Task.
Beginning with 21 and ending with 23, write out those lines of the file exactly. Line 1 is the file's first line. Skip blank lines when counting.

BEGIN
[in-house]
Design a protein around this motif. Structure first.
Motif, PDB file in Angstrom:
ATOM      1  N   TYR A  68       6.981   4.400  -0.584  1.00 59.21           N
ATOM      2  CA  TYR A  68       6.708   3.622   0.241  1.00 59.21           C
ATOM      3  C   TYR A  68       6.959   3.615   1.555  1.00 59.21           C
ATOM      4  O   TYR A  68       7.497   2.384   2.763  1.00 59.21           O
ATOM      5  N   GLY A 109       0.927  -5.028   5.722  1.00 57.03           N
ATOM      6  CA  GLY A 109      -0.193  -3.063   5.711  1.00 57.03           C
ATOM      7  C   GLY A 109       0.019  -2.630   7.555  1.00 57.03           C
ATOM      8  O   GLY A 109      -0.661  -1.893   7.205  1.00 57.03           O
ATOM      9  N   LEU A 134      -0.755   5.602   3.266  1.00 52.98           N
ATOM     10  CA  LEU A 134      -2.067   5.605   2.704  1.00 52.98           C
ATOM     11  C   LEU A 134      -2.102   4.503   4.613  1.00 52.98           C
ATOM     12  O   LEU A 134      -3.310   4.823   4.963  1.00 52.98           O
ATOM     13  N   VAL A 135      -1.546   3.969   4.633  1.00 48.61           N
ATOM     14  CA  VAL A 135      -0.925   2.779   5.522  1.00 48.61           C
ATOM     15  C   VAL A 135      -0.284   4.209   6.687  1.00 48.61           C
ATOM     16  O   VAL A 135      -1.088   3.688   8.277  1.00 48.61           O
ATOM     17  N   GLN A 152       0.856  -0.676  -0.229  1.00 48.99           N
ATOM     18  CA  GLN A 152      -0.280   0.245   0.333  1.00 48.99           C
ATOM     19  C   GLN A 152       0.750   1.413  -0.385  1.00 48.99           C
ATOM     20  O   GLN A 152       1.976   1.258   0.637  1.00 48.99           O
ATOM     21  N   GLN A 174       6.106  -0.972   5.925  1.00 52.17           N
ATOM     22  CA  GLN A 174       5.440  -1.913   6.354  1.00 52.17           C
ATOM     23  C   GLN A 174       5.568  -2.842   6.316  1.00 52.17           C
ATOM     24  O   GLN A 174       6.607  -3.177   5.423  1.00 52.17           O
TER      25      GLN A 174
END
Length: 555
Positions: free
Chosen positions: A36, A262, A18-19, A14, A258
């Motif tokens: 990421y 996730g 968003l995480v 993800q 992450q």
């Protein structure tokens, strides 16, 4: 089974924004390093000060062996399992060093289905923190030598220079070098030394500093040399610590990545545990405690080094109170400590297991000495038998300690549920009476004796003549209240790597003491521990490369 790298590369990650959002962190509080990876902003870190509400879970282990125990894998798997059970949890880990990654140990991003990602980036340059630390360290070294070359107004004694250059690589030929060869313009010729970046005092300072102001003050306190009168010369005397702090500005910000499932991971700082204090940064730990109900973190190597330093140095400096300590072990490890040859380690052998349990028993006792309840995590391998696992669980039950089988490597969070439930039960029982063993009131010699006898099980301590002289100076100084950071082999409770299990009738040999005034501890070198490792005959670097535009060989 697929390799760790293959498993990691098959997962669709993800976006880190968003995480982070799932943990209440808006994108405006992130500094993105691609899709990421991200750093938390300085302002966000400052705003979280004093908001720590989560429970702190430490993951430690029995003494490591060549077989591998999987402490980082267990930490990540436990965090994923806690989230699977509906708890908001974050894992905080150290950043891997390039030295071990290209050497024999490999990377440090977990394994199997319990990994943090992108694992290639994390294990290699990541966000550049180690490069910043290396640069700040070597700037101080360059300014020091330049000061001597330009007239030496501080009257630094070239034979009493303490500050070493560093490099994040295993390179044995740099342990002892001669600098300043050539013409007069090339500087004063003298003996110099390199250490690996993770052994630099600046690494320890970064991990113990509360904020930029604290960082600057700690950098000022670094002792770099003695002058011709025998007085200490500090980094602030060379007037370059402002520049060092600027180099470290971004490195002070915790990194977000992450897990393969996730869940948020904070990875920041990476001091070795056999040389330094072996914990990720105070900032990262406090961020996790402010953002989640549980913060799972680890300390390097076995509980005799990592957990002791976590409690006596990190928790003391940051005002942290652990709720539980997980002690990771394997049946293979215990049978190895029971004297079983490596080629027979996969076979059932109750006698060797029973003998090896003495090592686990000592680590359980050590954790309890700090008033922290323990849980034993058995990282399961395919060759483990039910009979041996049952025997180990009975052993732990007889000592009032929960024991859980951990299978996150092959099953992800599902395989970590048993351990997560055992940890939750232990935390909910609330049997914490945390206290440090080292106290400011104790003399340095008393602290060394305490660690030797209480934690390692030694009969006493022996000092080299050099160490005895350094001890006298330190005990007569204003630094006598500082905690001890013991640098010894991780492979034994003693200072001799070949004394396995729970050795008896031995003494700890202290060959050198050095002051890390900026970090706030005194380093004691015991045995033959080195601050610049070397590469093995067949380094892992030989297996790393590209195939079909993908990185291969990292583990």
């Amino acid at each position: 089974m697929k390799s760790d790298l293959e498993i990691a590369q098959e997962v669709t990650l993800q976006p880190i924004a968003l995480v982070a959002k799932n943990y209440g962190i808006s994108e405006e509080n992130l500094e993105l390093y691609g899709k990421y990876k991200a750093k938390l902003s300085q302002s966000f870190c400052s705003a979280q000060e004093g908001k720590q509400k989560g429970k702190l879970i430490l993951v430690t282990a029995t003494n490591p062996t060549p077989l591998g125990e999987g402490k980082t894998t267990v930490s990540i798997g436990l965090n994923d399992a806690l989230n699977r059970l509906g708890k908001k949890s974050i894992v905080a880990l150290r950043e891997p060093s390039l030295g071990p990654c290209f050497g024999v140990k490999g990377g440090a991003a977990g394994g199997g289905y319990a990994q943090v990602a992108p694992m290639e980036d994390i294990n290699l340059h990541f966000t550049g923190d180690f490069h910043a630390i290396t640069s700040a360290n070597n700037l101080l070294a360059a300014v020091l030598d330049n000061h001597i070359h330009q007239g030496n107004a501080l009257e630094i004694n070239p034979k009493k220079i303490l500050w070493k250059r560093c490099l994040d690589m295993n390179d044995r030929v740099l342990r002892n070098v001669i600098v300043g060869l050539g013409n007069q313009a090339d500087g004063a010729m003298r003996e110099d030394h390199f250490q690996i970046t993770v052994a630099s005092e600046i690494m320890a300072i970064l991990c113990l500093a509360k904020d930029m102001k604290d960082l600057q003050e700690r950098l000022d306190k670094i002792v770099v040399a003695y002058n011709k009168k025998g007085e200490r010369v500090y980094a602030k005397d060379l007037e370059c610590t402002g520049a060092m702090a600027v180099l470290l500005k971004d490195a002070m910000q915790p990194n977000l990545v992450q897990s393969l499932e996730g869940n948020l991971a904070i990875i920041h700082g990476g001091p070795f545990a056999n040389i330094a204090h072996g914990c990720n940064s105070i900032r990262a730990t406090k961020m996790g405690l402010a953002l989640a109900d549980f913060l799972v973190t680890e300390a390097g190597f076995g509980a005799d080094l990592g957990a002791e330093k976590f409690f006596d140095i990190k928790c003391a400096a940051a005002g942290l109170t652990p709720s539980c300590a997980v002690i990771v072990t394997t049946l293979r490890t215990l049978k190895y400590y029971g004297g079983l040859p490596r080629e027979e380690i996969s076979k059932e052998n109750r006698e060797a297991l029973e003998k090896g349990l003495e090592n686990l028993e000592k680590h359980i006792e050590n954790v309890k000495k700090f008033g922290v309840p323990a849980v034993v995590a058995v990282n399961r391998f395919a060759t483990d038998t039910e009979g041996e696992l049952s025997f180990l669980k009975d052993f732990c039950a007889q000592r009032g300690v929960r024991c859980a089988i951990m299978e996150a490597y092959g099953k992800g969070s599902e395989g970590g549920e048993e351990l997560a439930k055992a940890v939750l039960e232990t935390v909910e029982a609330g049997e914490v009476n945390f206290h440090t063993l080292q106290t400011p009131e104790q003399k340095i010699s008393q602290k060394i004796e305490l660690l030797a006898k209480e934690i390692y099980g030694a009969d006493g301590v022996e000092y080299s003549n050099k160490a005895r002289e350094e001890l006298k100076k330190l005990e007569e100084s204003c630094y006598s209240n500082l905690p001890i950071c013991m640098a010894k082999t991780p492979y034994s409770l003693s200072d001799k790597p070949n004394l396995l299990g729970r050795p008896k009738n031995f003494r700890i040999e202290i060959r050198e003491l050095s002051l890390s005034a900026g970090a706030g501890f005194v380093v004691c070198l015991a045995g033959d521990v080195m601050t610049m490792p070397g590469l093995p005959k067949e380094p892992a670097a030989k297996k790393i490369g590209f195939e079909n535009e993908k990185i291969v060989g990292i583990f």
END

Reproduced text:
ATOM     18  CA  GLN A 152      -0.280   0.245   0.333  1.00 48.99           C
ATOM     19  C   GLN A 152       0.750   1.413  -0.385  1.00 48.99           C
ATOM     20  O   GLN A 152       1.976   1.258   0.637  1.00 48.99           O